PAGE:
Eventually he wandered sleepily out onto the beach and we enjoyed fresh squeezed watermelon juice and warm, crusty bread, smeared thick with mango jam and a hot breakfast of chicken and cheese enchiladas.

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The day was bright and beautiful. We had learned yesterday that, in the heat, it was too hard to do any more than spend the day simply melting into the warm sand, coming up for air only long enough to take a cold sip of a tangy margarita and lick the crusty salt from our fingers.

So that’s exactly what we did.

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For lunch, we walked a short distance down the beach to Villa Mar, a casual beachfront restaurant that was rumored to have amazing fish tacos.

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We enjoyed frosty margaritas crusted thick with salt, fresh ceviche, and their famous fish tacos.

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The food was more than we could eat, but we had a little help from a friend.

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We spent the heat of the afternoon lounging in the sparkling pool.

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That evening, we headed back to Barquito for evening cocktails. They were as lovely as they were delicious.

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The night before, as we sat and noshed on our chips at Rosa Mexicano, we noticed El Sushi de Holbox next door. Sushi? In Mexico?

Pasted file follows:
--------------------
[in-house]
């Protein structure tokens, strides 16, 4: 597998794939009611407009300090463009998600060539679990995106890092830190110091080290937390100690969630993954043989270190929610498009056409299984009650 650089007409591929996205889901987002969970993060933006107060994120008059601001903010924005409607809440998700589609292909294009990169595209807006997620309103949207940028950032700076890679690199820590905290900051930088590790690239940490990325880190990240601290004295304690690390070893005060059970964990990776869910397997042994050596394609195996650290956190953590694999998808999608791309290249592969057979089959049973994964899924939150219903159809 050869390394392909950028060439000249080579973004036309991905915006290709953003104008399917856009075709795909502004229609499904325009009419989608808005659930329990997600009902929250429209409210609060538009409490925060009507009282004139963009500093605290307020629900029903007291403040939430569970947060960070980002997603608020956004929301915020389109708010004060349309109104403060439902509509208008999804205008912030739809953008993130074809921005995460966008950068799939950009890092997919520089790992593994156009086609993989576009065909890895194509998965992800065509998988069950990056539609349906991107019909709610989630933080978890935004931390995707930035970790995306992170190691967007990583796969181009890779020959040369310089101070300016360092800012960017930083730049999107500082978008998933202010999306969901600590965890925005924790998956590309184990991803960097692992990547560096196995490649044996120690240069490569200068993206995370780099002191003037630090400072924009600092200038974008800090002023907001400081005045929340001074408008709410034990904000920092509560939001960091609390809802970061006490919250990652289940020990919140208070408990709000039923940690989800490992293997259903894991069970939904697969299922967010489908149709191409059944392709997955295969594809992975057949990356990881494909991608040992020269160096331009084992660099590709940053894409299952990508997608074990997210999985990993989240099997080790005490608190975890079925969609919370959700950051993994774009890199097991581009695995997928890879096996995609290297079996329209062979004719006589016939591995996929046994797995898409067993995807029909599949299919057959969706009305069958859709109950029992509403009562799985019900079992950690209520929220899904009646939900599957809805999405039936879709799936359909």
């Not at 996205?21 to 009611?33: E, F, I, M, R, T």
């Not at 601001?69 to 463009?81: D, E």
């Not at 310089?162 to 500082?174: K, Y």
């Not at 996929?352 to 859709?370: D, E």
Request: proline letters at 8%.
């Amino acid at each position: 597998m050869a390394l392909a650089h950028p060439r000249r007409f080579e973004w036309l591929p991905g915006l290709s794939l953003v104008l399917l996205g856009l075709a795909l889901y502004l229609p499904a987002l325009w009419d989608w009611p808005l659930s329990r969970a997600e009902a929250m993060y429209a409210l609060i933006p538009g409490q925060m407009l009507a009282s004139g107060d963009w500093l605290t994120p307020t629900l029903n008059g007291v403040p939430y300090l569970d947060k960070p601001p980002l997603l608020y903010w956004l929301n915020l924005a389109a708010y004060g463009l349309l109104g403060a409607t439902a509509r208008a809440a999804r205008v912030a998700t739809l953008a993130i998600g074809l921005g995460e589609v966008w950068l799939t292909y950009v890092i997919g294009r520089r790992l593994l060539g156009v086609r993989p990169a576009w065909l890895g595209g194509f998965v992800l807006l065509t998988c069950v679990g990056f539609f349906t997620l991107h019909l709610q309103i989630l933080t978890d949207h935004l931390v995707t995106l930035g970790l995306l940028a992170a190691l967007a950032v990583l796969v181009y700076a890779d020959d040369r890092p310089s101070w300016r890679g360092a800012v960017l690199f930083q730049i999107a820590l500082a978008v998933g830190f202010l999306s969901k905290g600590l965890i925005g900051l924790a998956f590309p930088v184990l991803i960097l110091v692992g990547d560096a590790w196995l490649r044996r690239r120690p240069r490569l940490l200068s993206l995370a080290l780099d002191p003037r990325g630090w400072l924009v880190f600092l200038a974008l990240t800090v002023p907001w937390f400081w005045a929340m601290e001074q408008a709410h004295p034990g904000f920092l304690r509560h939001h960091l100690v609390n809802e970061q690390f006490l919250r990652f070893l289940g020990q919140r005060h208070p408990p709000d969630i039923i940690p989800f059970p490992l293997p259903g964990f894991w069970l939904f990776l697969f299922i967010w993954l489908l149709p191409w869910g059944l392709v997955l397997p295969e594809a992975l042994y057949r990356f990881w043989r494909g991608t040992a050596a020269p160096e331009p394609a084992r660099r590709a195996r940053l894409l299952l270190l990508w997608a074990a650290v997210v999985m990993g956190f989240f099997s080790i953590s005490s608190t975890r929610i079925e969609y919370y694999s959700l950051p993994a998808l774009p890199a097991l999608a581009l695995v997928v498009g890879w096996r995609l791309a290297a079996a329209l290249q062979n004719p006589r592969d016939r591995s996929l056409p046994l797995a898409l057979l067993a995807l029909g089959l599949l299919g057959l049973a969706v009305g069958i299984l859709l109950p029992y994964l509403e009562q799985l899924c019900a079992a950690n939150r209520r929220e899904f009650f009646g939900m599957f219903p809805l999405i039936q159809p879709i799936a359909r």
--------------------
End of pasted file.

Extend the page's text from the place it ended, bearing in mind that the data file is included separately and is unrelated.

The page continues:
That sounded like a good way to get a nice bacterial infection to me, or, at a minimum, a good case of diarrhea. We were surprised to see the most amazing looking food coming out.

After 2 days of ceviche and Mexican food, our taste buds wanted something different, so we decided to be bold and try El Sushi de Holbox.

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I quickly understood why it is rated as one of the best restaurants on Holbox, despite how weird Mexican and sushi are together.

The ramen was a delicious start followed by several of their specialty rolls. Everything looked as good as it tasted.

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So far, our meals on Holbox had been OUTSTANDING. The food on this island was spectacular. And so cheap!

We walked back to Casa las Tortugas along the quaint streets of the village, watching the multitude of happy dogs run about, enjoying the string lights that stretched across the streets, and hearing the laughter of children playing in the square. The cinnamon-and-sugar smell of fresh churros wafted into the air from a row of sidewalk food vendors who were selling tacos, fruit drinks and crepes.

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It was only 9:30, but the ease of Holbox had seeped into our bones. We wanted nothing more than our cool room and blissful sleep.

Posted by vicki_h 18:22 Archived in Mexico Tagged mexico island tropical holbox isla yucatan_peninsula quintana_roo Comments (0)